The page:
Growing coconuts in NorCal is probably not a good use of resources. And because it’s not economically beneficial, we don’t tend to do it. But what happens when it is profitable to grow a crop that doesn’t fit the environment in which it’s grown? The most famous example is probably tomatoes. If you get tomatoes in winter, they probably come from either Florida or Mexico. Florida: tons of pesticides (soil is packed with nematodes and terrible for tomatoes). Mexico: American demand for certified organic tomatoes (and basil and peppers)  is decimating local water tables. Closer to home, California’s aquifers are also under stress from both organic and conventional agriculture. Not too surprising, given that we spend 6 months of every year bone dry but grow food year round.

4.  How efficient is this organic farm compared to a non-organic farm growing the same variety under similar environmental conditions?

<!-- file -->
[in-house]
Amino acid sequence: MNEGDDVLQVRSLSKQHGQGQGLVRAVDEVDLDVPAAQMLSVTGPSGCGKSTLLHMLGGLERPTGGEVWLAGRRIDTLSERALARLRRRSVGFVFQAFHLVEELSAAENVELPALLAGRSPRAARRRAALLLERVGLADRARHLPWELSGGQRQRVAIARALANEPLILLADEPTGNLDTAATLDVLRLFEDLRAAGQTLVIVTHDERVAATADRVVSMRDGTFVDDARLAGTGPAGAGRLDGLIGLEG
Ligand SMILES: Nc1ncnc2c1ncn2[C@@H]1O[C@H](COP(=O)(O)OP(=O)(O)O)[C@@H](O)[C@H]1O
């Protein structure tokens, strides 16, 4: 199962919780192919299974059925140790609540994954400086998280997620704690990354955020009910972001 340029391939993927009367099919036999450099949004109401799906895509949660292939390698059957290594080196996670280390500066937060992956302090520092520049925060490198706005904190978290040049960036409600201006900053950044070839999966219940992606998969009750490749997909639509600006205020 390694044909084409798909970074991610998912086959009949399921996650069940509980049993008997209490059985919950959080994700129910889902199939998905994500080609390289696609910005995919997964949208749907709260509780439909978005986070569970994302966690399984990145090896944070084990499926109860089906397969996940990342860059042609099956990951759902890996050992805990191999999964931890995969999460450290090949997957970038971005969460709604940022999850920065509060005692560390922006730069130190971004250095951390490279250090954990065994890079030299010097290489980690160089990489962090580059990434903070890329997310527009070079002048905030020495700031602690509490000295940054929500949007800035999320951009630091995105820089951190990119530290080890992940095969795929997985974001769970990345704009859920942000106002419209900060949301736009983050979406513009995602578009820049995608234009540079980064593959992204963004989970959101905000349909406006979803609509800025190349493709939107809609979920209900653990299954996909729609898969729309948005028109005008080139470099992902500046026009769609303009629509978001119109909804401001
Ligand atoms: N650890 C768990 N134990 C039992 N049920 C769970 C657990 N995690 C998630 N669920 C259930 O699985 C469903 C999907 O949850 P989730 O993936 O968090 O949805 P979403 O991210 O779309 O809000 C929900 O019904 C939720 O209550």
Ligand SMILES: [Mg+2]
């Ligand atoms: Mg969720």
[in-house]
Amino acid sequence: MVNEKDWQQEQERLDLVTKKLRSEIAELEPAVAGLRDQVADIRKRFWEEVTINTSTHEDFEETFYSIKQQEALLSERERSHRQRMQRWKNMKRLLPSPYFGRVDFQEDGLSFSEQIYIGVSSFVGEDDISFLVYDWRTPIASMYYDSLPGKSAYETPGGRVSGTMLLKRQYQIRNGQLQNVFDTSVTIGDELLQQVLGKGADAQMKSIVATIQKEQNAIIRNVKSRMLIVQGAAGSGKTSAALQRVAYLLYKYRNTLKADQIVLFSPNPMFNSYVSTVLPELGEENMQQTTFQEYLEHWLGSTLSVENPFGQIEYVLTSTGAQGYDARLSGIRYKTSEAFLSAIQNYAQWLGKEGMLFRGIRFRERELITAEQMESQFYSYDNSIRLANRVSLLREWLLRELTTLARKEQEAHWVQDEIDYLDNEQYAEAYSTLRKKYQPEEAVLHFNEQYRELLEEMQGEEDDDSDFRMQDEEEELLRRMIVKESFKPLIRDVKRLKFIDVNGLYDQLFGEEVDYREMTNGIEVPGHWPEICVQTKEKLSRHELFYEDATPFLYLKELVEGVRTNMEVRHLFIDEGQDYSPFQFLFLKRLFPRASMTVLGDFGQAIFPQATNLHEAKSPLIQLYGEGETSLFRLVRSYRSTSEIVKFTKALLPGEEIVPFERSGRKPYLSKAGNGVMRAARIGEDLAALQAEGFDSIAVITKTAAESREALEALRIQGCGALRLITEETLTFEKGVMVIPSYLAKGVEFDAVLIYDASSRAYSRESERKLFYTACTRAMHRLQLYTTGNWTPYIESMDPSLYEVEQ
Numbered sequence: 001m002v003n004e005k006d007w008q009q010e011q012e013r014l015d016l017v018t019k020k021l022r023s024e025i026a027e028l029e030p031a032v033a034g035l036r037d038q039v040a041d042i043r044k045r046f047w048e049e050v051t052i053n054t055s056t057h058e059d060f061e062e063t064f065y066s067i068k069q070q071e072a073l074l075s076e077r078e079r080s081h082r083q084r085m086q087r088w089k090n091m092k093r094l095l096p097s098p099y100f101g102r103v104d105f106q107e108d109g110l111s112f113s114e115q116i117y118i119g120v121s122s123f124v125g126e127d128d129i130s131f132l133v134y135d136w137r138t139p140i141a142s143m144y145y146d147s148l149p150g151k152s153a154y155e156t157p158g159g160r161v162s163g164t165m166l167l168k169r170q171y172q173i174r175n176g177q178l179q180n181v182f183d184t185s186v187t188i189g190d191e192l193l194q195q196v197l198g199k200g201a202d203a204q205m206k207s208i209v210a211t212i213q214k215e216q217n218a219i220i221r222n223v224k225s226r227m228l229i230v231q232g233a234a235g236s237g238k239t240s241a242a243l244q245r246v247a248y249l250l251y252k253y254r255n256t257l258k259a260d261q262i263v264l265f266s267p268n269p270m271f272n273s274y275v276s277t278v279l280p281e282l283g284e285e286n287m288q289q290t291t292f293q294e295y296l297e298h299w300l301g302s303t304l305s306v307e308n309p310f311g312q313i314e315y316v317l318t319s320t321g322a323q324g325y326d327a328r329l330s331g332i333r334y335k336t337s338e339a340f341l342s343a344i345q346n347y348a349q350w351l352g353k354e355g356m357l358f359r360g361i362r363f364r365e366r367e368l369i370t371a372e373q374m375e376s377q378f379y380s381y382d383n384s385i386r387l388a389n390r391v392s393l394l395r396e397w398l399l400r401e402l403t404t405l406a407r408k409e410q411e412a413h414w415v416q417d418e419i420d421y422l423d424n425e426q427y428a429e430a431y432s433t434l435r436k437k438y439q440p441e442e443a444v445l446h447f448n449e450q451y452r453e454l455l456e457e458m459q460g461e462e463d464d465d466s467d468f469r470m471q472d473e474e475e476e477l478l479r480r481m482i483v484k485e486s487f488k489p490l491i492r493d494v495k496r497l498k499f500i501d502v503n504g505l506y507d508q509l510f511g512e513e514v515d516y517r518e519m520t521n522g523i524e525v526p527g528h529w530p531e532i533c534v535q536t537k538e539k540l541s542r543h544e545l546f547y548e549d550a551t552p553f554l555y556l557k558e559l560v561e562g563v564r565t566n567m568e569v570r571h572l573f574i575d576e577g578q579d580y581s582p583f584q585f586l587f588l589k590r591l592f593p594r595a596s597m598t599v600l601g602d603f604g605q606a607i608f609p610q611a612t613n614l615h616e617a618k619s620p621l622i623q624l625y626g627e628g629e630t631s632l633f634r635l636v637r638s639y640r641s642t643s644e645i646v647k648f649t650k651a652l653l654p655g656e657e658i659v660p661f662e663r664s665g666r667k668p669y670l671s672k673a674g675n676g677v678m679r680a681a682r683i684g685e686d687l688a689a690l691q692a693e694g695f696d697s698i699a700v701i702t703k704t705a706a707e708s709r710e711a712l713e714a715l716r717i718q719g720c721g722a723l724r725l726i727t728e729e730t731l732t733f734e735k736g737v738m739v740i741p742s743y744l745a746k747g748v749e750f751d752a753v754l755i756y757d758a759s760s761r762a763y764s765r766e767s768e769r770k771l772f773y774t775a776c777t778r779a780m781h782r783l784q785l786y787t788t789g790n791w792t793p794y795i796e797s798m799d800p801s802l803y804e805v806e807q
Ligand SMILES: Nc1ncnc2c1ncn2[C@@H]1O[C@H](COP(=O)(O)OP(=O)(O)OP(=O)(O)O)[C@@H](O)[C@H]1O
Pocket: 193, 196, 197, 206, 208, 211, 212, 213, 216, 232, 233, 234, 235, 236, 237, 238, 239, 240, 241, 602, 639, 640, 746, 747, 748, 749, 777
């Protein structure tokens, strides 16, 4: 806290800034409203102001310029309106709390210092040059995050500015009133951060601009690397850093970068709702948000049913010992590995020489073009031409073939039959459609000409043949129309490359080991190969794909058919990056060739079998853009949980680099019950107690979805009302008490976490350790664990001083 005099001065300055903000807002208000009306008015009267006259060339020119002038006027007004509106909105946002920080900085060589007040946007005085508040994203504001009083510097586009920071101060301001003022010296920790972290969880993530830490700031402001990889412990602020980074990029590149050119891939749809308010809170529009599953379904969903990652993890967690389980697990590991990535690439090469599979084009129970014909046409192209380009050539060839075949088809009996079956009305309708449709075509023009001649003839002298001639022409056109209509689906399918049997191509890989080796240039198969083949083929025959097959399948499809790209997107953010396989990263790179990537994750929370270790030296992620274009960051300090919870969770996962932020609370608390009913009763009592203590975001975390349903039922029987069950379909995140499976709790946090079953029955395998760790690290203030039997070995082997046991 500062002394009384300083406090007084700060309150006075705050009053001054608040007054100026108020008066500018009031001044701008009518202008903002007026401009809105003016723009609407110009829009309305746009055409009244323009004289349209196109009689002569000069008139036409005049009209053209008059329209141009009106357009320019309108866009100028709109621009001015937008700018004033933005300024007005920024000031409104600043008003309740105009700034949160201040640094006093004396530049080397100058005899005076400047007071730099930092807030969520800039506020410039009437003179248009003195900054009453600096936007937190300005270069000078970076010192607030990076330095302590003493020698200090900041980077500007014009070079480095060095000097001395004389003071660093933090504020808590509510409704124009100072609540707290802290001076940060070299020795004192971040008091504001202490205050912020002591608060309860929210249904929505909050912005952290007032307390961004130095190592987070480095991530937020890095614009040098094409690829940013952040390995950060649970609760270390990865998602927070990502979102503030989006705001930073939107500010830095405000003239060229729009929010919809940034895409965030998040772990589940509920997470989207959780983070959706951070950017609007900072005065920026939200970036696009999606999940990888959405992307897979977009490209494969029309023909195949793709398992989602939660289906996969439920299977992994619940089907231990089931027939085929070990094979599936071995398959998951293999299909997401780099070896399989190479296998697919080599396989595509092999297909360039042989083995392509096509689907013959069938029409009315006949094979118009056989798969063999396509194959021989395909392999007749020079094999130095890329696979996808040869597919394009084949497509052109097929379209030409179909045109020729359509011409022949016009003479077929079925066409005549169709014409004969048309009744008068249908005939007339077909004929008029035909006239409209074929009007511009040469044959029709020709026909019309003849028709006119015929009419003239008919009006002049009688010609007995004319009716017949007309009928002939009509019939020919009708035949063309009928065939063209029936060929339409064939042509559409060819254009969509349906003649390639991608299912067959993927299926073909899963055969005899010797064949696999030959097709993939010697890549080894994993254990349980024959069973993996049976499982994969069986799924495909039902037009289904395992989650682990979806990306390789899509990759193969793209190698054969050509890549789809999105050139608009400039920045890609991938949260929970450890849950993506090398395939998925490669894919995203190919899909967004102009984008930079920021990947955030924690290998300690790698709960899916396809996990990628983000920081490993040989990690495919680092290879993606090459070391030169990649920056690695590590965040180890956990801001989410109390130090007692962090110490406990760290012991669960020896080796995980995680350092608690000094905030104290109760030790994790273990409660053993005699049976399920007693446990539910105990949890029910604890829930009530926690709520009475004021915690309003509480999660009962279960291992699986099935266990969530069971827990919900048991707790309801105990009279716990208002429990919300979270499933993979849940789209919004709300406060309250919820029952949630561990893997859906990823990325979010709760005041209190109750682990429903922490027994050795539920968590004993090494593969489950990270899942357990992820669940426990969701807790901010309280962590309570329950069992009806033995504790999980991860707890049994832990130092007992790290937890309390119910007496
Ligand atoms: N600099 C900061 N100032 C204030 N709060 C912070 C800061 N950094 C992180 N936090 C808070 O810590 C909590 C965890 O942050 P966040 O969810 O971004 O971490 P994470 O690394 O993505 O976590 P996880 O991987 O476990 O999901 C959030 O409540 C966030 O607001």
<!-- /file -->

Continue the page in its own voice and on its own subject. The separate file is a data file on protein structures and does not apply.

Here’s another of those pick-your-poison scenarios. Done well, organic agriculture can have less of an impact on soil health, local animal populations, and waterways. But many scientists (no, Rodale is not considered a scientific organization) remain unconvinced that organic can meet the efficiency levels of conventional agriculture. Water and land are also limited resources, and the more inefficient the farm, the more pressure on local ecosystems. Read more about organic farming efficiency and ways that careful management can narrow the gap to 13% (still considerable). Since efficiency difference varies by crop, maybe instead of the Dirty Dozen, we need an Efficient Eleven (or whatever) guide to buying organic. Then again, agricultural efficiency has driven massive population growth. Then again, dropping agricultural output to curb our population seems like it would be an unpopular and possibly inhumane idea. Ack!